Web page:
Alexis Johns successfully defended her dissertation, “Sensory and Cognitive Influences on Lexical Competition in Spoken Word Recognition in Younger and Older Listeners”, co-supervised by Emily Myers and Jim Magnuson. She leaves us soon for a postdoc with Arthur Wingfield at Brandeis. Congrats to Alexis!
A few items from the past few months:
- A paper we’ve been excited about for a long time has appeared in press–this is part of Sayako’s dissertation work:
- Earle, F. S., & Myers, E. B. (2015). Sleep and native language interference affect non-native speech sound learning. Journal of Experimental Psychology. Human Perception and Performance, 41(6), 1680–1695. http://doi.org/10.1037/xhp0000113
- Emily recently received an NSF CAREER award. We’re really excited to begin work on this project. Press here.
- There are other big changes on the horizon for LABlab members–but that post will wait.
Congrats to Xin Xie for successfully defending a monster of a dissertation (nine experiments, folks) titled “Phonetic Adaptation to Foreign Accented Speech.”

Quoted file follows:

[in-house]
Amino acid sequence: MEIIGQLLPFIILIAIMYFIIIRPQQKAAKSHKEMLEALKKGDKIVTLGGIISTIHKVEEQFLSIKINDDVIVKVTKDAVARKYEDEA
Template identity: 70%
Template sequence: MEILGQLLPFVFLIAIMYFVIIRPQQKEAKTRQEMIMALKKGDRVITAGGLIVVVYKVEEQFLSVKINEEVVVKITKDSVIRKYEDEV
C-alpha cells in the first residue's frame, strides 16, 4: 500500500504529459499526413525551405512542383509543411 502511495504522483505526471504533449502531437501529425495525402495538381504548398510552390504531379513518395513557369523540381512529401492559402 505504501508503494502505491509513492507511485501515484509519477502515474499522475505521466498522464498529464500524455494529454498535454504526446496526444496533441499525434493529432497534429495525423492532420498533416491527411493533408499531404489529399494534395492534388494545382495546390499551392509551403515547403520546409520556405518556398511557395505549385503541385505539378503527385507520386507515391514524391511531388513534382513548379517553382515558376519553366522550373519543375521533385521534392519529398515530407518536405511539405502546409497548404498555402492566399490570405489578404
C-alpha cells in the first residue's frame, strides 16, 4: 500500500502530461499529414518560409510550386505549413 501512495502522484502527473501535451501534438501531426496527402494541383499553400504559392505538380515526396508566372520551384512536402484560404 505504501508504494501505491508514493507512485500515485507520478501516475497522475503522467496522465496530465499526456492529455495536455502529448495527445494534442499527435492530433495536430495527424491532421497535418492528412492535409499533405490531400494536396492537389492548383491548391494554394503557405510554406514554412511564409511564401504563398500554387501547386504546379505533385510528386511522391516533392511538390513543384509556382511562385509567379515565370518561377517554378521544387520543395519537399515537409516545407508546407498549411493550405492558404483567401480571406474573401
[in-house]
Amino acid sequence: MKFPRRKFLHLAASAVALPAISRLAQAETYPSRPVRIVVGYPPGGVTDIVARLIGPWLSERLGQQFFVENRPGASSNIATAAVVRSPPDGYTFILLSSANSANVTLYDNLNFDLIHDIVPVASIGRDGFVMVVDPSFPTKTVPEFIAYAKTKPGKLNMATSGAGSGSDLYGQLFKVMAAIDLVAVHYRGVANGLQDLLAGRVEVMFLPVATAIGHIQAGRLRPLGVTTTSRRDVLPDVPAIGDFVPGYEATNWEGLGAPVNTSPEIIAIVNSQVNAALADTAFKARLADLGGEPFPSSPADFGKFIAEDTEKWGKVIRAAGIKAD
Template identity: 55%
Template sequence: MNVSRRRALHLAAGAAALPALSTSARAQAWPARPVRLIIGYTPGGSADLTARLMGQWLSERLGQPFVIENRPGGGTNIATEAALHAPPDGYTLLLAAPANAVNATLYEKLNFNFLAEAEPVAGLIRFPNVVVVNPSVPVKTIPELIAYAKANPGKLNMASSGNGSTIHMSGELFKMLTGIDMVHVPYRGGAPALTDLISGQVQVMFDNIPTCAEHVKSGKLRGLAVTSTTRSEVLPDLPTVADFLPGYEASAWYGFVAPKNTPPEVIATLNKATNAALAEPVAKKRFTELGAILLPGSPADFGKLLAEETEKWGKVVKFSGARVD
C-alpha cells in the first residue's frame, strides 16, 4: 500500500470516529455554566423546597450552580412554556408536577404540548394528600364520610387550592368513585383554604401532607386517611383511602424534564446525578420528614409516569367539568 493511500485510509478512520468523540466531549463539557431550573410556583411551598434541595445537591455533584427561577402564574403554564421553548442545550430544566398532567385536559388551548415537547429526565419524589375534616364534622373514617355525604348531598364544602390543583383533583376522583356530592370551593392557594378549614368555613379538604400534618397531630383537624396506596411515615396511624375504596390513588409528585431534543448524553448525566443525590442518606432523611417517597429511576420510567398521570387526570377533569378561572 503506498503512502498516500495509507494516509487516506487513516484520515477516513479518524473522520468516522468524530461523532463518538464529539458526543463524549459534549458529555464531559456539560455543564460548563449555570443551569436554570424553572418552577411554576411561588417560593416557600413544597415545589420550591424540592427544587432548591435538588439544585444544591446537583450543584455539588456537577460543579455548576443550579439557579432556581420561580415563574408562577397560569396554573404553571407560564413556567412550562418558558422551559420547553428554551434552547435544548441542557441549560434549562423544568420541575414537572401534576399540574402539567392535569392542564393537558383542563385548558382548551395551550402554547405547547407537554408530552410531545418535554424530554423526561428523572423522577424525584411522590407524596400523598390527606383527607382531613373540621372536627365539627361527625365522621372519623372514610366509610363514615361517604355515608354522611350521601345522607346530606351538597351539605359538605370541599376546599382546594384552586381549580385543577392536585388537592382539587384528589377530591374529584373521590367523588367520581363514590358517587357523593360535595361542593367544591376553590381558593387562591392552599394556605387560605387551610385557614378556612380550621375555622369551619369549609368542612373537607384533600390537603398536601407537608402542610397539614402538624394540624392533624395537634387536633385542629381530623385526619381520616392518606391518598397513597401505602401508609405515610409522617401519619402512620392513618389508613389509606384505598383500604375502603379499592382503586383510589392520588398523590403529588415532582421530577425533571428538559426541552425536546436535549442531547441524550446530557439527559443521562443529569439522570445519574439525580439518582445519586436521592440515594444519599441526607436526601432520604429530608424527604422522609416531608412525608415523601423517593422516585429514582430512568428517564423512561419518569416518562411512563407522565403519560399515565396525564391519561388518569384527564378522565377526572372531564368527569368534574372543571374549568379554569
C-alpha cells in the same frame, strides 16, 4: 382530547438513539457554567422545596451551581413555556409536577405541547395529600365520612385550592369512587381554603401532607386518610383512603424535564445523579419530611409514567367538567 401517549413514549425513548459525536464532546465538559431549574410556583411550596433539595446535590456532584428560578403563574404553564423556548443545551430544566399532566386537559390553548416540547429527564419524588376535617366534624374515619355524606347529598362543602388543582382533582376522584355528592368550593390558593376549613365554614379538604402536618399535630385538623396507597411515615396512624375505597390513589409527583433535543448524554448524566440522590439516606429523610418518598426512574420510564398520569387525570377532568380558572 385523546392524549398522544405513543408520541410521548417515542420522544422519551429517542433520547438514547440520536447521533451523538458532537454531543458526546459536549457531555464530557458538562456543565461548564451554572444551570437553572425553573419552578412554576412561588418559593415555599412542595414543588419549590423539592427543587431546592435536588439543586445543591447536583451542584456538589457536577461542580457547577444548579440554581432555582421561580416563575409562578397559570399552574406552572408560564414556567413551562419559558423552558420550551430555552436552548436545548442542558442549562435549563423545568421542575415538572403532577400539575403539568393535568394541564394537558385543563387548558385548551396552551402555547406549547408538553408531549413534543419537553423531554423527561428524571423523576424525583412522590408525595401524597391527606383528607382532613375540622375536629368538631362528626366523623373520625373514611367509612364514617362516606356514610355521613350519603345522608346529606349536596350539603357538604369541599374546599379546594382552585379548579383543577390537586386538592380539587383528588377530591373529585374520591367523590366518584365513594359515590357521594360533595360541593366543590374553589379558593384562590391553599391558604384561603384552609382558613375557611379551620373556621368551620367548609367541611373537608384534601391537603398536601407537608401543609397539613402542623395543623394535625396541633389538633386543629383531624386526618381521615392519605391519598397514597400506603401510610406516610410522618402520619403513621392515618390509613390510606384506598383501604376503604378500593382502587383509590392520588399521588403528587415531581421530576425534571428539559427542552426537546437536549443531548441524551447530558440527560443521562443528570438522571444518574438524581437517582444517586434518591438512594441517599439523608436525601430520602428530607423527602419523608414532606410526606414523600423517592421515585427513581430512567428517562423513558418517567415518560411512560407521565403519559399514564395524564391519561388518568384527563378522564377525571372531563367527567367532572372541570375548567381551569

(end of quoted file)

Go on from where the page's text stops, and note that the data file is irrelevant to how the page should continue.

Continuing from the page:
We are delighted to announce that Sayako Earle has been awarded a Ruth L. Kirschstein National Research Service Award (better known as an NRSA) from the NIH/NIDCD.
This award funds a two-year project titled “Phonetic learning in adults with and without language impairment.” Please join me in extending congratulations to Sayako!
Congrats to Sayako, who successfully defended her plans for a dissertation tackling the role of sleep in speech sound learning across typical and disordered populations.
Jennifer Mozeiko and Iliana Meza-Gonzalez were on hand to watch a crew and a giant crane gently swing our new toy into the building.
Xin Xie has published some of her work on talker identification in JASA. She’s shown that musical experience (and associated non-linguistic abilities in pitch processing) show a strong relationship to non-native talker identification. Online at JASA.
We’ve got a new paper out in JASA reporting on the conditions that are required for learners to generalize learning of a non-native contrast from a trained talker to a novel talker (spoiler alert: sleep matters).
- Earle, F.S., & Myers, E.B. (2014). Overnight consolidation promotes generalization across talkers in the identification of nonnative speech sounds. JASA-EL (Vol.137, No.1). DOI: 10.1121/1.4903918
Turns out it is very noisy to cut through 18″ concrete–but it will be worth it to have a few windows in our MRI suite! Visitors to the lab–the hall may not look like it leads to an active lab, but it actually does–we’re still open!